A Problem of Trust

By the time you read this, at least a week will have passed. I don’t know what the markets will do between now and then. Like the rest of you, I know that most of our investments have gone down quite a bit his year. I know that my pension fund has gone down several thousand dollars. I figure many of you are in a similar place – though perhaps more stressed about it since you’re closer to (or in) retirement.

Trust is what makes our economy work. We trust people to pay us for goods or services rendered. We trust our banks to manage our money wisely so that it’ll be there when we need it.

If you don’t remember back to your grade school days, I can remind you that banks don’t keep all our money right there in their vault. They loan it – put it to work – to earn more money. That’s a good thing. That’s how we buy things we can’t afford right now (or ever, under normal circumstances) like houses, cars, and sanctuary renovations. When people lose their trust in their bank, they go to withdraw their money. But when everyone (or a large subset thereof) does it at the same time, they discover that the bank can’t give them their money. Remember: It’s not just sitting there in their vault, it’s out working. That action following a failure of trust is called a bank run. That’s what’s has helped bring down some of the big banks that have fallen.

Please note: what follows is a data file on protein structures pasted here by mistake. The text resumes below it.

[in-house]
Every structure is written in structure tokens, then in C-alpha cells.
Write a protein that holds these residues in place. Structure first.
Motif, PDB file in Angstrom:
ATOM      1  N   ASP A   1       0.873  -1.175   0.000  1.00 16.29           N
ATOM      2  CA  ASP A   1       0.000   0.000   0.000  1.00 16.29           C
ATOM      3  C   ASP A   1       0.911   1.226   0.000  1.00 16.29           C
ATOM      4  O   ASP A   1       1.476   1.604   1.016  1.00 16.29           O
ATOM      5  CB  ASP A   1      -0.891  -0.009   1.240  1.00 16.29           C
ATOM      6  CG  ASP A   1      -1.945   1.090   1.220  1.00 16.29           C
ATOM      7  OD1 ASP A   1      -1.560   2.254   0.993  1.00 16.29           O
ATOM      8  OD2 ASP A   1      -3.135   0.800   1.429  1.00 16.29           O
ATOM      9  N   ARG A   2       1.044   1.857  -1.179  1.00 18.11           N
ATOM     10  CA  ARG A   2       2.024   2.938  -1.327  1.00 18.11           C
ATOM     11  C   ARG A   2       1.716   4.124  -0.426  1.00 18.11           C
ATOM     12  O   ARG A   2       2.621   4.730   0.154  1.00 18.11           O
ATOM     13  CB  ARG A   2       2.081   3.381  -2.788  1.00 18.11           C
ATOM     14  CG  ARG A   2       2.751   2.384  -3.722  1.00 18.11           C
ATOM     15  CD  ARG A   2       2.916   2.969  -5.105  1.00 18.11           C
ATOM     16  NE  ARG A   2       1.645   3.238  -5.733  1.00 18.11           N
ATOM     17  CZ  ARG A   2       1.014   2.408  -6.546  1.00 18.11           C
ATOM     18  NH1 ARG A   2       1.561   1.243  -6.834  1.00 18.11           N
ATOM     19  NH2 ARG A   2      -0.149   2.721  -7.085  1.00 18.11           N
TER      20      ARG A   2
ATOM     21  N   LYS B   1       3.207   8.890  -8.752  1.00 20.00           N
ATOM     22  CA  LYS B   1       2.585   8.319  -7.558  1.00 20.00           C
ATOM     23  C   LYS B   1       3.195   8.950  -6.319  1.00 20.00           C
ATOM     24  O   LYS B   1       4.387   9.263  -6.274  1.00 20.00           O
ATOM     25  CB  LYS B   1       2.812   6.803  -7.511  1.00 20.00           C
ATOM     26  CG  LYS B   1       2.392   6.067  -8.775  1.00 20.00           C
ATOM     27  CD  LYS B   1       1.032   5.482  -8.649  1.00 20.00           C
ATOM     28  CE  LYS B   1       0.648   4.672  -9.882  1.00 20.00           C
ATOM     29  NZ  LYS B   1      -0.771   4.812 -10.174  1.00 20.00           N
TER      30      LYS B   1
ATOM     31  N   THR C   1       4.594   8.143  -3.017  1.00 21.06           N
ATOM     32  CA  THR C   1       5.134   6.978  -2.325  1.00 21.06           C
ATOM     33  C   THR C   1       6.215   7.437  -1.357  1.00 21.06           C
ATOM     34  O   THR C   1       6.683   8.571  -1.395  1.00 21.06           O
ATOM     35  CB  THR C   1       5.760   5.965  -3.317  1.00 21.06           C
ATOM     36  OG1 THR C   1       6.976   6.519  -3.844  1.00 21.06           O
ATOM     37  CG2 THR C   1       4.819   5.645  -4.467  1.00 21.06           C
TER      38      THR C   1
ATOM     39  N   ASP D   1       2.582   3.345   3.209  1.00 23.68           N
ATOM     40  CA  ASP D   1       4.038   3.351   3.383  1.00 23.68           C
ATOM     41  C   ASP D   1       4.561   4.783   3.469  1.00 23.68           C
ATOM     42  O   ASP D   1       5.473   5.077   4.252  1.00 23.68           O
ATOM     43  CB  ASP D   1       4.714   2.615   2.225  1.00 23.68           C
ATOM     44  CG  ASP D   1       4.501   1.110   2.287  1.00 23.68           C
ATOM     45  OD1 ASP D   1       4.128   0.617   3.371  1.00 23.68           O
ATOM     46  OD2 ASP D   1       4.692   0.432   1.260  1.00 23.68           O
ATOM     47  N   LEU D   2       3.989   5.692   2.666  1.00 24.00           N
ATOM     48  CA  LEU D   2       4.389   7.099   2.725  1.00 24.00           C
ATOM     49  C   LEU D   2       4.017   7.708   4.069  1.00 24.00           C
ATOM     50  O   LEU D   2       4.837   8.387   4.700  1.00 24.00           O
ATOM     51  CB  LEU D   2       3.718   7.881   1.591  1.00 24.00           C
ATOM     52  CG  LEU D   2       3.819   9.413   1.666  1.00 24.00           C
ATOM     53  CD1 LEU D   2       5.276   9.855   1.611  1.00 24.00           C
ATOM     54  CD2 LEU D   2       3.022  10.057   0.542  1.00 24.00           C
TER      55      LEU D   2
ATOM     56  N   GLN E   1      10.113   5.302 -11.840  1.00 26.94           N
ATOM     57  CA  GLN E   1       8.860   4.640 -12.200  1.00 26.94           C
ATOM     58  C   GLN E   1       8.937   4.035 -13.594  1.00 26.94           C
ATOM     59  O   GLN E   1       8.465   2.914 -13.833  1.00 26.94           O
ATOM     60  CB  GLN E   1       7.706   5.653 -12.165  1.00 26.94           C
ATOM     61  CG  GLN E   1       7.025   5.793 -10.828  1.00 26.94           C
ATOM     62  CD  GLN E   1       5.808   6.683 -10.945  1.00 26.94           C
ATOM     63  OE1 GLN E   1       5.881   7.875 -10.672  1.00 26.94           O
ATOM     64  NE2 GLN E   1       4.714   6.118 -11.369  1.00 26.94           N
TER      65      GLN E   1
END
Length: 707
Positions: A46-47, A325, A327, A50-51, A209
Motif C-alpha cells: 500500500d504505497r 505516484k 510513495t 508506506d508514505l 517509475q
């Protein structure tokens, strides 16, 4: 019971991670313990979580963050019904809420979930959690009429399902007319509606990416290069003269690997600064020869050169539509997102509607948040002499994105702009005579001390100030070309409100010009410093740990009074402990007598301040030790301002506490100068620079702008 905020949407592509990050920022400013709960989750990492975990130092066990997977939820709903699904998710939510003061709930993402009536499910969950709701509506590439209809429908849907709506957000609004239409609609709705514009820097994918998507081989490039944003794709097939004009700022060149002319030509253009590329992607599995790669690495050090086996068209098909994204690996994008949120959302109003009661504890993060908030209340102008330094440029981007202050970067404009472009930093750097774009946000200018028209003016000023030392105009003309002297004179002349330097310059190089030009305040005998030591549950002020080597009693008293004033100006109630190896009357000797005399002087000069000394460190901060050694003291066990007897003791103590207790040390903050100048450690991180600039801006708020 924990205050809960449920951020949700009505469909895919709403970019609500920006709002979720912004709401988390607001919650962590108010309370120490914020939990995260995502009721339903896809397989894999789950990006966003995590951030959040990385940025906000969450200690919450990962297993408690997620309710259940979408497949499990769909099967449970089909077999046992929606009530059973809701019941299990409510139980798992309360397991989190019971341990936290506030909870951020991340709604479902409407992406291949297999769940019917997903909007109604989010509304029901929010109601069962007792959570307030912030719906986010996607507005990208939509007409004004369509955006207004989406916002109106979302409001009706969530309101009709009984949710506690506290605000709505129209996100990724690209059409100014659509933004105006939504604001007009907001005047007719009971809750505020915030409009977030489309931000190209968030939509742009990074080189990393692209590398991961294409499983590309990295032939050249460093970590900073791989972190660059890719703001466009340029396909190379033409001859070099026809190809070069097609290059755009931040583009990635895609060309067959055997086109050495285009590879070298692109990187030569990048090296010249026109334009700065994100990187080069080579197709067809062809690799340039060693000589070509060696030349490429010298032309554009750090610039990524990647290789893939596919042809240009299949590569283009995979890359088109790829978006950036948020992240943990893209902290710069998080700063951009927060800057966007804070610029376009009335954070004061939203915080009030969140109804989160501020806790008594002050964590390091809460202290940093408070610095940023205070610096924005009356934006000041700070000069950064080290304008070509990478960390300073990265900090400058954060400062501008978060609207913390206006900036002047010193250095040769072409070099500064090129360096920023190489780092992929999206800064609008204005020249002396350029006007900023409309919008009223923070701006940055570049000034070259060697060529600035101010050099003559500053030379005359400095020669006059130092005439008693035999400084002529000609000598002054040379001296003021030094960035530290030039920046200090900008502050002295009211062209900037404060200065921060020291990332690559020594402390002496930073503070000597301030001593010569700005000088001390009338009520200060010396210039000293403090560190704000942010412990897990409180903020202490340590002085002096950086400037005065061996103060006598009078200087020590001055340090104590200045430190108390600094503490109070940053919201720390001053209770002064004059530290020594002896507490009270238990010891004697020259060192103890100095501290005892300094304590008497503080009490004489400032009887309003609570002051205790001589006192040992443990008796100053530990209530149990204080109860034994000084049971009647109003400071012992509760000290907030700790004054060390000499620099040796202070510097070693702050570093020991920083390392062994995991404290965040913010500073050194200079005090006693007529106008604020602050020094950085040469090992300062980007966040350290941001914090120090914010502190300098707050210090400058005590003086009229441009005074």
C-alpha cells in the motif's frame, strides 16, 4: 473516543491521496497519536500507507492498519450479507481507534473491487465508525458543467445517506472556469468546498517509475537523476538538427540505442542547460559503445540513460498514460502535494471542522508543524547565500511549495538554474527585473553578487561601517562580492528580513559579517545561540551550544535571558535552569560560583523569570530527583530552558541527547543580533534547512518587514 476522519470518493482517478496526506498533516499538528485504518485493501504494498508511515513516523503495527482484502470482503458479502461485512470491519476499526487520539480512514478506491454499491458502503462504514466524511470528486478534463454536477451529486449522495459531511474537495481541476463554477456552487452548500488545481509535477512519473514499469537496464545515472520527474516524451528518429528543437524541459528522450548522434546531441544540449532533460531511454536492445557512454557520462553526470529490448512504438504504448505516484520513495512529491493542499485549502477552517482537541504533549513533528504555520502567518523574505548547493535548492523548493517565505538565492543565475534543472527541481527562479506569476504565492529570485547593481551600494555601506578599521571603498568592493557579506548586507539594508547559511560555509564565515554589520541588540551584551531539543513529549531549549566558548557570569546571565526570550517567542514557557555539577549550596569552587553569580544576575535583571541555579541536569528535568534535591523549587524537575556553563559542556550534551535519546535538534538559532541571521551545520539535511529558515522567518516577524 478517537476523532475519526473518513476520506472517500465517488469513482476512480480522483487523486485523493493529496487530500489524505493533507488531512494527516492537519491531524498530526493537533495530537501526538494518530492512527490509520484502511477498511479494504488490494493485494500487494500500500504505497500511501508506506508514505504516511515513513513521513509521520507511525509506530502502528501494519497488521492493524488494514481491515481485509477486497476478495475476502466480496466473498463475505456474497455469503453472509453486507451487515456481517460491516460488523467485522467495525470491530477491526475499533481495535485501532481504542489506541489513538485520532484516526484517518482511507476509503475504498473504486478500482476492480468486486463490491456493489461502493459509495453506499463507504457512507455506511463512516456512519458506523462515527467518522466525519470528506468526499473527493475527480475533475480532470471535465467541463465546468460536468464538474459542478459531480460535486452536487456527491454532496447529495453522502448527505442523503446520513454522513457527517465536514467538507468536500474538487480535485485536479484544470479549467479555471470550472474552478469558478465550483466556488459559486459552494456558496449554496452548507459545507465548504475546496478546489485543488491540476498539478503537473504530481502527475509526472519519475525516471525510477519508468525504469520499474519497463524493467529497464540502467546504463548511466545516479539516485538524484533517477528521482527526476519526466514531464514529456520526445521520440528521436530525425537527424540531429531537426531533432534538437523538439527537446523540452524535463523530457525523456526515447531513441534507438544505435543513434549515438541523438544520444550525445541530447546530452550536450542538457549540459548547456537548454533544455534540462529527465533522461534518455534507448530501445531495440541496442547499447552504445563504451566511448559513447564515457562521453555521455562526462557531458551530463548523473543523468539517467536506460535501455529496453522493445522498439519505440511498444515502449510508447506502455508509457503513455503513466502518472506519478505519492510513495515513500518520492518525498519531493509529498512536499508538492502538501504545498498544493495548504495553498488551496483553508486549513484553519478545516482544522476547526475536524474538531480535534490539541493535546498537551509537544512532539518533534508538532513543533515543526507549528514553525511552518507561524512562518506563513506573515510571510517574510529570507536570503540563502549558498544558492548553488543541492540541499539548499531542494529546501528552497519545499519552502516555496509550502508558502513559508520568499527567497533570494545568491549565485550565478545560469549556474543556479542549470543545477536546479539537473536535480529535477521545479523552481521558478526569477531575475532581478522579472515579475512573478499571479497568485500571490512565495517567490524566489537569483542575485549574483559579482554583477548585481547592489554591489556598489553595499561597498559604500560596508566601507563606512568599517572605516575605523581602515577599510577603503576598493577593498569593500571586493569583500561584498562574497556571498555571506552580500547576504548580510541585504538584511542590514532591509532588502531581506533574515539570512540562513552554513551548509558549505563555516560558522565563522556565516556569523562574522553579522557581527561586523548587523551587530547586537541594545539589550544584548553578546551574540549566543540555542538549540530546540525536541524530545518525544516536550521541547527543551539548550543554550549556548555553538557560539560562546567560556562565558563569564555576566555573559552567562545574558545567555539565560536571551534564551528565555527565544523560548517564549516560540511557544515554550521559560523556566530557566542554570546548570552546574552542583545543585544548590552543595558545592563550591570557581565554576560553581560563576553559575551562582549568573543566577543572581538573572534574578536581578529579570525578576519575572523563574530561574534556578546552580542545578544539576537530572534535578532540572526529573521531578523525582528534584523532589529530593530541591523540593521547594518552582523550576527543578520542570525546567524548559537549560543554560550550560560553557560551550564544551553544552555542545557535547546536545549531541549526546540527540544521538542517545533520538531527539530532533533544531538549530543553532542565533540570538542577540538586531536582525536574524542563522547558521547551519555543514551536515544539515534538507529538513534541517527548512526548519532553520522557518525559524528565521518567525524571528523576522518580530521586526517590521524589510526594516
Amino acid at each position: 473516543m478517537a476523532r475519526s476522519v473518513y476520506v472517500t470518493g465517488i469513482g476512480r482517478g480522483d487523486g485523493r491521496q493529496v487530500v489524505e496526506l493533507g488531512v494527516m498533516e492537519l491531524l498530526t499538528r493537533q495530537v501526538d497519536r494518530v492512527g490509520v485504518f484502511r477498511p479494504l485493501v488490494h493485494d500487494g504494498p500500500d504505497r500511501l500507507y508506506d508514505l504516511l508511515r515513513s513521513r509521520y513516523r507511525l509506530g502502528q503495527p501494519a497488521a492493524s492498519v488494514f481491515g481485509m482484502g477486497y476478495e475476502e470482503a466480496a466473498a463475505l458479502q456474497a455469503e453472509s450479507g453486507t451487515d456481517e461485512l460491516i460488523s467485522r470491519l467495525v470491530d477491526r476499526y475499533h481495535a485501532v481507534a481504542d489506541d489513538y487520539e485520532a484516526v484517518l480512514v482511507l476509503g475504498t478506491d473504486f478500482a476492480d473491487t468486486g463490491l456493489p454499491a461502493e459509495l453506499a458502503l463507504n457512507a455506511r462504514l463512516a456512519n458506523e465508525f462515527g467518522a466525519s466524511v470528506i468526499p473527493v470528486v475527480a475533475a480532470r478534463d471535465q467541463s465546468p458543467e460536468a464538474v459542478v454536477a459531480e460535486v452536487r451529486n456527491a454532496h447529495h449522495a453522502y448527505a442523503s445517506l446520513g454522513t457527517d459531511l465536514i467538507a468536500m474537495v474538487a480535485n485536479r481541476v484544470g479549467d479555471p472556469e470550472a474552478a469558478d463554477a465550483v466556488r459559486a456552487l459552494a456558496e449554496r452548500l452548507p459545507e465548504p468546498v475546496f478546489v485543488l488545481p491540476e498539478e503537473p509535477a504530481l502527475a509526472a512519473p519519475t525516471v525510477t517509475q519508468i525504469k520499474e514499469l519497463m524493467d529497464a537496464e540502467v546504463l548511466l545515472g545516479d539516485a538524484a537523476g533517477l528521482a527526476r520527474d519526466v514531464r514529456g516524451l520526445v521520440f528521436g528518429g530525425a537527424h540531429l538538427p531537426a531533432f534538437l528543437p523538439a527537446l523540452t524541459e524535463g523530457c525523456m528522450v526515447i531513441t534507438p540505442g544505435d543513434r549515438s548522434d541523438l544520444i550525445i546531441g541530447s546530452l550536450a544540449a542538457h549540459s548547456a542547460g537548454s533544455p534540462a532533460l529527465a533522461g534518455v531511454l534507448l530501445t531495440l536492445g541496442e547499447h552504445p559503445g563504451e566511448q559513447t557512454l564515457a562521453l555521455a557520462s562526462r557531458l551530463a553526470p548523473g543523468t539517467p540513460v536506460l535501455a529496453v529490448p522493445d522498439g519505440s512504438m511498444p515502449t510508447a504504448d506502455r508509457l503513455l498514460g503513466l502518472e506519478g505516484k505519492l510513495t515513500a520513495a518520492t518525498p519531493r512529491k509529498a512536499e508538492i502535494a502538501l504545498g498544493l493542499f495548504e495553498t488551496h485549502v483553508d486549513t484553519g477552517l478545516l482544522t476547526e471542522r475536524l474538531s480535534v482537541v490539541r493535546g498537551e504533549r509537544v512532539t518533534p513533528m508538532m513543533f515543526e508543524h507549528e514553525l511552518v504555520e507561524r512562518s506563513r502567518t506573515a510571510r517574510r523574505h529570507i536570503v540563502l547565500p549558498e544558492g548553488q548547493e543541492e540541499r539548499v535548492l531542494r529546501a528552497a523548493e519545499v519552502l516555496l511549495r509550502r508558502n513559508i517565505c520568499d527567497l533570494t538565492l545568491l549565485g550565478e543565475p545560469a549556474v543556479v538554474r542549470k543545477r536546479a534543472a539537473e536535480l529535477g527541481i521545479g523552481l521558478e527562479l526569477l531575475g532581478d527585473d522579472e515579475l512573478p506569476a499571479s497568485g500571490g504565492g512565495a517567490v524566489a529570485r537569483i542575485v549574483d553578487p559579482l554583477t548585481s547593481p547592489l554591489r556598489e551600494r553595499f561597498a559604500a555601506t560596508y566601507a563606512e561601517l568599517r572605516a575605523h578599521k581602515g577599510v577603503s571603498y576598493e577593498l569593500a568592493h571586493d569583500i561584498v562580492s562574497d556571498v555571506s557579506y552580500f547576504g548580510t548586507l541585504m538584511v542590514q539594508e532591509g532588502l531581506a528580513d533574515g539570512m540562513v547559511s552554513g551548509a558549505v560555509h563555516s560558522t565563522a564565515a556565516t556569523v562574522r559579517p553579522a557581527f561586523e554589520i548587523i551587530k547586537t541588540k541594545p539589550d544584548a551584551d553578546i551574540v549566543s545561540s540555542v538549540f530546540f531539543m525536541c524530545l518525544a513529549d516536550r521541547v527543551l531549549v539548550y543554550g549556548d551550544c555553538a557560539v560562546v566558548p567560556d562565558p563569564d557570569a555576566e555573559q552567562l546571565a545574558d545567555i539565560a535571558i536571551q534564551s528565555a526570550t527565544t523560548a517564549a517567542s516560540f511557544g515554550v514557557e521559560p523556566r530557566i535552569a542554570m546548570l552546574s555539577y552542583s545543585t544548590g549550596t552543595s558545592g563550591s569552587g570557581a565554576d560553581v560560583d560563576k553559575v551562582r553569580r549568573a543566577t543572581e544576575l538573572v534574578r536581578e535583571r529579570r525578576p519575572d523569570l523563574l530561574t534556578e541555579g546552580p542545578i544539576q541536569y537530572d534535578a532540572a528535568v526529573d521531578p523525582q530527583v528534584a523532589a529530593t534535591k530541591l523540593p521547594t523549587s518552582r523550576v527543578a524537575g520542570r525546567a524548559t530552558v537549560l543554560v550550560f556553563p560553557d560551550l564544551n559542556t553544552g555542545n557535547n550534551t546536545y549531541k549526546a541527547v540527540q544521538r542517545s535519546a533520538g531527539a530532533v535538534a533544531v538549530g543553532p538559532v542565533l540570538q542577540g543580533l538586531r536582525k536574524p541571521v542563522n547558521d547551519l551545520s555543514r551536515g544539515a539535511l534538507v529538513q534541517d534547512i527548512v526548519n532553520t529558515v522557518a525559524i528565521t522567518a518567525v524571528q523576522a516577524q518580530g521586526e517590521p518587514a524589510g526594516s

The mysterious thing is that sometimes our trust is only correct when we actually trust. If we all trust in our banks, for example, they are more likely to prove trustworthy. We are, in effect, trusting our neighbors, who, like us, may be in the process of paying off money – our money – loaned to them by our bank. I don’t class myself among the “positive thinking” crowd, but I do think that thinking positively about something, whether it be the economy, our church, the people around us, tends to produce better results than negative thinking. If our actions were only based on facts, it might not be that way. But in the real world our actions are based on our perception of facts and our attitudes toward those facts.

Sometimes we discover that our trust is misplaced. We’ve trusted the wrong thing. I see that today. We’ve trusted that real estate is a safe investment that will only and always go up in value. Oops. We’ve trusted that it’s safe to carry lots of mortgage and consumer debt. Oops. We’ve trusted that having lots of stuff will bring us joy and security. Oops.

My absolute, unconditional trust is in the Lord who defeated the powers of sin, death and hell in the life death and resurrection of Jesus. He won’t fail me. I have relative trust in the financial institutions of society. They usually seem to work, but sometimes break down. Run as they are by sinful people (for sinful people), we shouldn’t be surprised. So whether happy days are here again or the world is crashing down around me, my trust is in God. Where’s your trust?

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